In 1988 the philosopher Gilles Deleuze remarked that, throughout his career, he had always been 'circling around' a concept of nature. Providing critical analysis of his highly original readings of Stoicism, Aristotle, and Epicurus, this book shows that it is Deleuze's interpretations of ancient Greek physics that provide the key to understanding his conception of nature.
Using the works of Aristotle, Plato, Chrysippus, and Epicurus, Michael Bennett traces the development of Deleuze's key concepts of event, difference, and problem. Arguing that it is difficult, if not impossible, to fully understand these ideas without an appreciation of Deleuze's Hellenistic influences, Deleuze and Ancient Greek Physics situates his commentaries in the context of contemporary scholarship on ancient Greek philosophy. Delving into the original Greek and Latin texts, this book shows that Deleuze's readings are more complex and controversial than they first appear, simultaneously advancing Deleuze as a new voice in interpretations of ancient Greek philosophy.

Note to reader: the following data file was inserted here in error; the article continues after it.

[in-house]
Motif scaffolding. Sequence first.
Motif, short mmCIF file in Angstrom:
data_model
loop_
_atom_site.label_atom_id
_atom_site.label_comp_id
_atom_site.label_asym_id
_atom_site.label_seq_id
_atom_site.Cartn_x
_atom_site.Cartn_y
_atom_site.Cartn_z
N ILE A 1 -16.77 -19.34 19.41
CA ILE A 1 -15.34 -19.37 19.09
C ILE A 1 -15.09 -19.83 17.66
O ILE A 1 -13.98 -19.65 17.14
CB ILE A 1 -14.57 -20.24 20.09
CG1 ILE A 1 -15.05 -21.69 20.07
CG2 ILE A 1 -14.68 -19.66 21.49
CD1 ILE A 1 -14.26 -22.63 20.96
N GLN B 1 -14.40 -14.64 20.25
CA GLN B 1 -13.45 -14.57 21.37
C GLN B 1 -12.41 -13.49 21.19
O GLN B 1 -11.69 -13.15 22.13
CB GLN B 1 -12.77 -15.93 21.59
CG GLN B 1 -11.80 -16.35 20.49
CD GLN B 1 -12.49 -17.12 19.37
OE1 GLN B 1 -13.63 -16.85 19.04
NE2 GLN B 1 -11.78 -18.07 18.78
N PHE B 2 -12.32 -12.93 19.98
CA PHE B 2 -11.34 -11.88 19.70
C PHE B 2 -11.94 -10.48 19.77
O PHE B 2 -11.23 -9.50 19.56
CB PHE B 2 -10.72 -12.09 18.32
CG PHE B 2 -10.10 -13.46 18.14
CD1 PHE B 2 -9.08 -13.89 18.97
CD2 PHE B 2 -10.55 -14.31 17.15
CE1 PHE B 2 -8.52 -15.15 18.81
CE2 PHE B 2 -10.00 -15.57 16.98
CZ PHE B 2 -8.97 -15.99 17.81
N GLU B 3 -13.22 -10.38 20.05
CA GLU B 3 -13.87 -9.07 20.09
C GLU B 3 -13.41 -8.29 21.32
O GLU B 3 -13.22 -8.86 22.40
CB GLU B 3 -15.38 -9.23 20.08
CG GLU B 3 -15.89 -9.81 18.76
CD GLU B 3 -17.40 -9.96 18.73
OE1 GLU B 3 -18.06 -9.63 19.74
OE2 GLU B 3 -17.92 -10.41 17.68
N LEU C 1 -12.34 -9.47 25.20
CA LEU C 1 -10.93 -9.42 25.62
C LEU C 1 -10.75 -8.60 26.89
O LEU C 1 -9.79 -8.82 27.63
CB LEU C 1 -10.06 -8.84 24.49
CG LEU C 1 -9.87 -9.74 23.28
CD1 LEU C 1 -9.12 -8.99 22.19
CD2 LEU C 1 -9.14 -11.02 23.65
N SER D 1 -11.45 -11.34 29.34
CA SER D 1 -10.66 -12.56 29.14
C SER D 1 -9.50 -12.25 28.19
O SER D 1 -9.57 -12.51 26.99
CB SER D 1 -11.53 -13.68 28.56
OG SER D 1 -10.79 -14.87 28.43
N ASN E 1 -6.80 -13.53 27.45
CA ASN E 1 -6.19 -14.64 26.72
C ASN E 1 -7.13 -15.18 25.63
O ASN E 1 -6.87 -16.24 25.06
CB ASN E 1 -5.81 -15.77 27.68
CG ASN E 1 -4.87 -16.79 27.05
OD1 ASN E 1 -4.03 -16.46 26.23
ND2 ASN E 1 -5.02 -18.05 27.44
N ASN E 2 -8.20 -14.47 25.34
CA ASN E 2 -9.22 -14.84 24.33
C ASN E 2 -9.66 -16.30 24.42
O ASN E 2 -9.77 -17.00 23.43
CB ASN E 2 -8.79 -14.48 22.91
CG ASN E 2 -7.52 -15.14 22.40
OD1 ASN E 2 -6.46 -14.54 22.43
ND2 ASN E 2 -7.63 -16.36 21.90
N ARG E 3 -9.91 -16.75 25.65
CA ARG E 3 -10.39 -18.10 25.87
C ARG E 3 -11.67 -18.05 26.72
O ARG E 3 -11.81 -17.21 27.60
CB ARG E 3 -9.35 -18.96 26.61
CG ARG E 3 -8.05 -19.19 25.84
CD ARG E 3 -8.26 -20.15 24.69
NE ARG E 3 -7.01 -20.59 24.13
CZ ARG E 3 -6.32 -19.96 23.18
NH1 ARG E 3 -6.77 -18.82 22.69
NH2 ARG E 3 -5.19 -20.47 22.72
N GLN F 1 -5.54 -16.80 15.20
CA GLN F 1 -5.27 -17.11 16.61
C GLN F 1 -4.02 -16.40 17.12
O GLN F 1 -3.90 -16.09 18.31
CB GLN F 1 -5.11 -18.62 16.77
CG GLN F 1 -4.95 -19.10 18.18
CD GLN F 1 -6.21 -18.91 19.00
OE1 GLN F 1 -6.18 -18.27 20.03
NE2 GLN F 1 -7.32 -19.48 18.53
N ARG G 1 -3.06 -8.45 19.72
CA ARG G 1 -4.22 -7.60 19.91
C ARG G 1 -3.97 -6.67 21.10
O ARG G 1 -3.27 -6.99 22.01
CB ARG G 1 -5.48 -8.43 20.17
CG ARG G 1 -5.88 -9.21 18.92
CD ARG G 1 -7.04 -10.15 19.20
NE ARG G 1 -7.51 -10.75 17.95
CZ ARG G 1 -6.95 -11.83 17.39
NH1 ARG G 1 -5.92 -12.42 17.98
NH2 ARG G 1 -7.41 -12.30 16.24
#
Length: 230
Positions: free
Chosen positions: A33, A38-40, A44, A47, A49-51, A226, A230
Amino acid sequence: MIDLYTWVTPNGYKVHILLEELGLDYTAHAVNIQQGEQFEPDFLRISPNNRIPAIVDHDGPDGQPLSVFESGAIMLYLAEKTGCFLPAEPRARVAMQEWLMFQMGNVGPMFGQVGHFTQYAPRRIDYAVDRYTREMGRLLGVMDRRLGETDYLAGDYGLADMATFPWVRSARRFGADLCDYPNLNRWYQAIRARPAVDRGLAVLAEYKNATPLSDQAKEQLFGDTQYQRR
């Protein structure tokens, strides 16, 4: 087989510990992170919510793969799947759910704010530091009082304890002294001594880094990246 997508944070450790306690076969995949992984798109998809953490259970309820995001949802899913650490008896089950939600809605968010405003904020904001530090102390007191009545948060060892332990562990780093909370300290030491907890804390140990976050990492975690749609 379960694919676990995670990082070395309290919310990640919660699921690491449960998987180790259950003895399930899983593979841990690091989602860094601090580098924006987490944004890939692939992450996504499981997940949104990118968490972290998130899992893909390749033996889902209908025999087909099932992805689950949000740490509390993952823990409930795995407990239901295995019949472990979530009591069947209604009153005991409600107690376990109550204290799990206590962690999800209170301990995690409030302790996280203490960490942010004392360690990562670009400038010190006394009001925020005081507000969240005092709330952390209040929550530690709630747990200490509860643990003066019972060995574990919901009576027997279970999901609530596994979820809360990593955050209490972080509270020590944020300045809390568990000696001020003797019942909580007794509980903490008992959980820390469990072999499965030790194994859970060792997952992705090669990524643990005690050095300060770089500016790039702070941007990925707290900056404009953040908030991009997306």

Generating both new critical analyses of Deleuze and a new appreciation for his classical erudition, Deleuze and Ancient Greek Physics will be a valuable resource for anyone interested in ancient Greek philosophy, Deleuze's philosophical project or his unique methodology in the history of philosophy.